Sometimes I just have to choose a Junkyard Find car based on its potential for a good Crab Spirits Story™, and that’s what’s happening today. The Cadillac Cimarron— well, there’s not much we need to say here about the image-tarnishing disaster that finished the brand-devaluing job GM started a few years earlier with the Seville (other than the fact that it took many years to undo the damage and convince car buyers that Cadillacs weren’t just badge-engineered bait-and-switches. The Cimarron never sold very well, and the J-body cars weren’t known for longevity, so Cimarron sightings are extremely rare today; we’ve seen this ’82 and this ’83 Cimarron d’Oro, plus the very first Down On The Street car. Here’s an ’82 that I found during a recent trip to California. (Read More…)
While much of the attention focused on Ford Motor Company’s personnel news has been focused on CEO Alan Mulally’s announcement that he’s not leaving for Microsoft, FoMoCo has made another important decision, who is going to head one of Mulally’s pet projects, Ford’s in-vehicle communications technology. Automotive News reports that Don Butler, 50, the highly regarded longtime General Motors executive who most recently was in charge of Cadillac’s global growth strategy and before that headed the brand’s marketing, was named executive director of connected vehicles and services, effective immediately. (Read More…)
It’s been decades since Cadillac produced the “Cadillac” of anything. However, when car buffs dismiss the only American luxury brand left, they fail to see Cadillac’s march forward. 2002 brought the first RWD Cadillac since the Fleetwoood. A year later the XLR roadster hit, followed in 2004 by Cadillac’s first 5-Series fighter, the STS. Not everything was rosy. The original CTS drove like a BMW but lacked charm and luxury fittings. The XLR was based on a Corvette, which made for excellent road manners, but the Northstar engine didn’t have the oomph. The STS sounded like a good idea, but the half-step CTS wasn’t much smaller and ultimately shoppers weren’t interested in a bargain option. That brings us to the new ATS and CTS. Ditching the “more car for less money” mantra, the ATS has been created to fight the C/3/IS leaving the CTS free to battle the E/5/GS head-on. Can Caddy’s sensible new strategy deliver the one-two punch fans have hoped for? I snagged a CTS 2.0T for a week to find out.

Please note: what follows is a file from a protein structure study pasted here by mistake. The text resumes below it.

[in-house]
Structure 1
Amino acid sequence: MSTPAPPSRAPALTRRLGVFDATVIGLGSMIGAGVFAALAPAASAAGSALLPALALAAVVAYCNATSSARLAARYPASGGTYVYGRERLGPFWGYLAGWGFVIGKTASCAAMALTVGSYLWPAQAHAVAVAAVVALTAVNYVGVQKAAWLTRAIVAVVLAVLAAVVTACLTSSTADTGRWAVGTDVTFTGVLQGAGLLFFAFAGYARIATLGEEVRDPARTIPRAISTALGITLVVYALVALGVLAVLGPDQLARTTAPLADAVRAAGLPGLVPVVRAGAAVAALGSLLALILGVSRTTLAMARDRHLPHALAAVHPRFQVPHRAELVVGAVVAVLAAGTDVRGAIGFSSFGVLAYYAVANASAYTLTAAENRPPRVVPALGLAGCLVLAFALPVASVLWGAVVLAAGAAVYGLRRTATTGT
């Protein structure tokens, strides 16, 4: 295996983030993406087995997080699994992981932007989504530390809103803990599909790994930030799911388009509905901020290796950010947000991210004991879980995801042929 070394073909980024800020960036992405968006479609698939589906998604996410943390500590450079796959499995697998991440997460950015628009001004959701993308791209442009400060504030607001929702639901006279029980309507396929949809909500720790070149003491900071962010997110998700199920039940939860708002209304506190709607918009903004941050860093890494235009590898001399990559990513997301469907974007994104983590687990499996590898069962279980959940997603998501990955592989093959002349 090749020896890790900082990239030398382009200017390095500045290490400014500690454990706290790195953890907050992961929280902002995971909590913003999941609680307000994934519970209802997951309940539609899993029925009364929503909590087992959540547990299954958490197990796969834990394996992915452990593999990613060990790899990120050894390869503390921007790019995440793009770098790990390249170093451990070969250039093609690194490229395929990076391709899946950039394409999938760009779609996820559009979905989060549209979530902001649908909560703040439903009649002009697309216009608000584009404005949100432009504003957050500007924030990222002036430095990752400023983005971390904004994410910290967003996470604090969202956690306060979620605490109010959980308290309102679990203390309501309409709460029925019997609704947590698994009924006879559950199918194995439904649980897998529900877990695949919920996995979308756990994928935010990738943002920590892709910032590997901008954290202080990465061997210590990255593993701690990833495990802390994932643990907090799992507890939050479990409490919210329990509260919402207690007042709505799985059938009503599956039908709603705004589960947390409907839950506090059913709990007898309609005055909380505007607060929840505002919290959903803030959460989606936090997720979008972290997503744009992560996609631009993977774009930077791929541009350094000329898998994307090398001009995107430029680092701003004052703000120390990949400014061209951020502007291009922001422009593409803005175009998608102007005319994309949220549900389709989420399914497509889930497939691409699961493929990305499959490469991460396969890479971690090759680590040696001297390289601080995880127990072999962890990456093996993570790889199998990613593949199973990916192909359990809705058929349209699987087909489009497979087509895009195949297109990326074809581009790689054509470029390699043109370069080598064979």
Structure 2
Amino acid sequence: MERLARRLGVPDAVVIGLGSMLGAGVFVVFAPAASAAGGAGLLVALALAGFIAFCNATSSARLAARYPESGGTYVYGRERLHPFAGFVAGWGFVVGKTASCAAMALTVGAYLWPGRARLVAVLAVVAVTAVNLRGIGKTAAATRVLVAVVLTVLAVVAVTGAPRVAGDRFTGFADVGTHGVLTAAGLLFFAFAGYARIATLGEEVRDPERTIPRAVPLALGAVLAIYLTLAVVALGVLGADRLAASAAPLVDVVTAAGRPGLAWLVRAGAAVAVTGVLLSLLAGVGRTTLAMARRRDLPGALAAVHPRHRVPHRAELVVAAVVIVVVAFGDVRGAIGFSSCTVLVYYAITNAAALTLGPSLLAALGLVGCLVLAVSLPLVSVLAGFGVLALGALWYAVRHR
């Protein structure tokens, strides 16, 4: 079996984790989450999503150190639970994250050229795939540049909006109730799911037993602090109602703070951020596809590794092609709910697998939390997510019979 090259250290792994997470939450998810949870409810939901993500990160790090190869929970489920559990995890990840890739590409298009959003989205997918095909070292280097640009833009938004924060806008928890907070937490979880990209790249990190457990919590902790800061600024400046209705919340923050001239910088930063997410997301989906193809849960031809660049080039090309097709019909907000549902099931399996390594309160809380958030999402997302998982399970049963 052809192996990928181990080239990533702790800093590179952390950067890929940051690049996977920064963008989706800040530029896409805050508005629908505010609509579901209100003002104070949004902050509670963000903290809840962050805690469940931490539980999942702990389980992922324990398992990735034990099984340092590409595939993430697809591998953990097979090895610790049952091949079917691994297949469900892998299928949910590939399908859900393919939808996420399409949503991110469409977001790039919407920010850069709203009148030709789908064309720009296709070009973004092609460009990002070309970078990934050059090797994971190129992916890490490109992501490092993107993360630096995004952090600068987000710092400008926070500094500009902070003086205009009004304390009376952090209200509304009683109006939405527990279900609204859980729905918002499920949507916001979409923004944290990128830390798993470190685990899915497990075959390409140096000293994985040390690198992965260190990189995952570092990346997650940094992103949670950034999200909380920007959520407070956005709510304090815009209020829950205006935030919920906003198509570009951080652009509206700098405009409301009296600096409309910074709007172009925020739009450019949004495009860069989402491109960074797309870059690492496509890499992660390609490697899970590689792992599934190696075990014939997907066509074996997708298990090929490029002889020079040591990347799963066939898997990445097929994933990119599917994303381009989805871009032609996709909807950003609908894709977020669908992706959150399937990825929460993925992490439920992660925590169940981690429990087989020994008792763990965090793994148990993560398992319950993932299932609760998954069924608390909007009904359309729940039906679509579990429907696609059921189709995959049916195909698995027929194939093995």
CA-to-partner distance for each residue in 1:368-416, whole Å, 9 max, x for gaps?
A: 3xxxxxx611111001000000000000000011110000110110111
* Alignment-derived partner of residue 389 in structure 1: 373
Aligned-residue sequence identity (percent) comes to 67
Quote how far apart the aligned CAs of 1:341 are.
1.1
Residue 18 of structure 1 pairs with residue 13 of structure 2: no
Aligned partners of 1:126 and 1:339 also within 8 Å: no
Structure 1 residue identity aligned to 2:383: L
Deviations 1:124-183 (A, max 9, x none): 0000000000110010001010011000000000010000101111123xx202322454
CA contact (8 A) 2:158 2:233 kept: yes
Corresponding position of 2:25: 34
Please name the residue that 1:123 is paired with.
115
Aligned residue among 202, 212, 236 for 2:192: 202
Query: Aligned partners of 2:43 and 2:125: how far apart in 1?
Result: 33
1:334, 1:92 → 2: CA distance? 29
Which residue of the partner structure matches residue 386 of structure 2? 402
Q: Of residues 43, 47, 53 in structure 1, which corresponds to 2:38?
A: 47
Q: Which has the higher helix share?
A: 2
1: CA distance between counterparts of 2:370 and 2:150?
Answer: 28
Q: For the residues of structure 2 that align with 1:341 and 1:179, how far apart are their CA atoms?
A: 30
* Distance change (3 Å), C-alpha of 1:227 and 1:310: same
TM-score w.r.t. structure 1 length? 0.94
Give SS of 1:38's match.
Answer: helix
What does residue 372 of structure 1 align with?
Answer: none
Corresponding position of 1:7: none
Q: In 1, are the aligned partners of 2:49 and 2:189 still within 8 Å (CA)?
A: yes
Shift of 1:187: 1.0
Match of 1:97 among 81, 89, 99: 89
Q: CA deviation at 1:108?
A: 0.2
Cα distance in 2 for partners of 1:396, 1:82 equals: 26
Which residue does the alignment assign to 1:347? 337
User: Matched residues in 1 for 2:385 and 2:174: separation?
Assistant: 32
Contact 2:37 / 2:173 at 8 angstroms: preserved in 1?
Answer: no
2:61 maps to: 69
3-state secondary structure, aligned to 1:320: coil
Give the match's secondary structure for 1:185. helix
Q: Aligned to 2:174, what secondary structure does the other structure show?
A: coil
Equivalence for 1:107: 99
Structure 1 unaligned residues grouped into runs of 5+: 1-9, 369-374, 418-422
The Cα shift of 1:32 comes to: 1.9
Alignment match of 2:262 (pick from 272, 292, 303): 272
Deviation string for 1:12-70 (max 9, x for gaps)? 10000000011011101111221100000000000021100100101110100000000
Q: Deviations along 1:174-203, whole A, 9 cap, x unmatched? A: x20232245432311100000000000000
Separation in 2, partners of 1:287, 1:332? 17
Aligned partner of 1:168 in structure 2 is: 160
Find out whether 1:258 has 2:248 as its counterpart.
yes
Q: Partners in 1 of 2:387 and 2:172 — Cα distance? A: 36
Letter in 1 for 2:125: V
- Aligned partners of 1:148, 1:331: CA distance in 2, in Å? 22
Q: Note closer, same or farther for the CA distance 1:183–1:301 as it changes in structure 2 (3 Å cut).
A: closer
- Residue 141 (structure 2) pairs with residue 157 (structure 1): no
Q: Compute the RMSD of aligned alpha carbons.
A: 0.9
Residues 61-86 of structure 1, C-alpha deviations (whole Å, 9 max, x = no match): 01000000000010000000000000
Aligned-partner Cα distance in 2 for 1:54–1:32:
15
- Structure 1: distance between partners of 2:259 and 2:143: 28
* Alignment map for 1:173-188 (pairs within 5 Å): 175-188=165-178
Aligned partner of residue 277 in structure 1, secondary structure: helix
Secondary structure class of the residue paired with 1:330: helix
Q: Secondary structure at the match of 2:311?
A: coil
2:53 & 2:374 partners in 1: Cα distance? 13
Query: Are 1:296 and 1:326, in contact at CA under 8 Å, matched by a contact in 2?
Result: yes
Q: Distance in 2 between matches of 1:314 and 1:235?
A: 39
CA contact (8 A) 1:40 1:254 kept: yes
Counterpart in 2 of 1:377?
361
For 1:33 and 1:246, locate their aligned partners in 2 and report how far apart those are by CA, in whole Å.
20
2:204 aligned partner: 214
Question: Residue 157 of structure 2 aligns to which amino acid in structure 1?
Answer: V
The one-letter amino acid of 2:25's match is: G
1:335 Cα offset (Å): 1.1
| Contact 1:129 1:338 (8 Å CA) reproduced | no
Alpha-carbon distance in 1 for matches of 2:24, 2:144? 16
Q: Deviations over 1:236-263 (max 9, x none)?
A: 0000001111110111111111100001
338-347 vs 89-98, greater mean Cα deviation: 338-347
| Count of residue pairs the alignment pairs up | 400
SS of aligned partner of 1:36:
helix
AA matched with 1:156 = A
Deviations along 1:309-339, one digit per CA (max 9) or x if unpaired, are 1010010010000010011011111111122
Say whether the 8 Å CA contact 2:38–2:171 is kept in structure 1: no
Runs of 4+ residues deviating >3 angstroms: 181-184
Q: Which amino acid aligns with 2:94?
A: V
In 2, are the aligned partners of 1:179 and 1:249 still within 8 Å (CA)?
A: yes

Prior to stepping down as CEO of General Motors, Dan Akerson made a few mentions about an EV similar to the Volt that would possess a 200-mile range on a single charge with an on-board generator that could run on gas, diesel or natural gas. He also hoped the car would sell for around $30,000.
-Mike Devereux, Holden’s former Managing Director, in November, 2012
Those ominous words spoken by Mike Devereux last year have taken on an almost eerie significance in light of yesterday’s events. After more than a half century of building cars in Australia, Holden will now become a “national sales company”, ostensibly selling rebadged global General Motors products, manufactured in places like Korea and Thailand.
But veiled remarks about the Australian auto industry aren’t the only words uttered by Devereux that caused us to take notice. At the launch of the latest VF Commodore, Devereux made a vague statement about the Commodore’s future, implying that it would be built on a global platform at the Adelaide factory. While the latter is no longer possible, there’s still hope that the Commodore could live a GM architecture. The only question is, which one?
Last July GM CEO Dan Akerson confirmed that the automaker’s Cadillac brand was working on a flagship sedan larger than the XTS, to play in the big leagues with the BMW 7 Series, the Mercedes-Benz S Class and the Lexus LS, on sale by 2015. While at the recent Los Angeles auto show media preview, Mark Reuss, president of General Motors North American operations, strongly hinted that the big rear wheel drive platform may first appear as a coupe, not a four door sedan. “That’s the car Cadillac needs,” Reuss told USA Today. “You make a statement with a coupe. You don’t make a statement with a sedan.” (Read More…)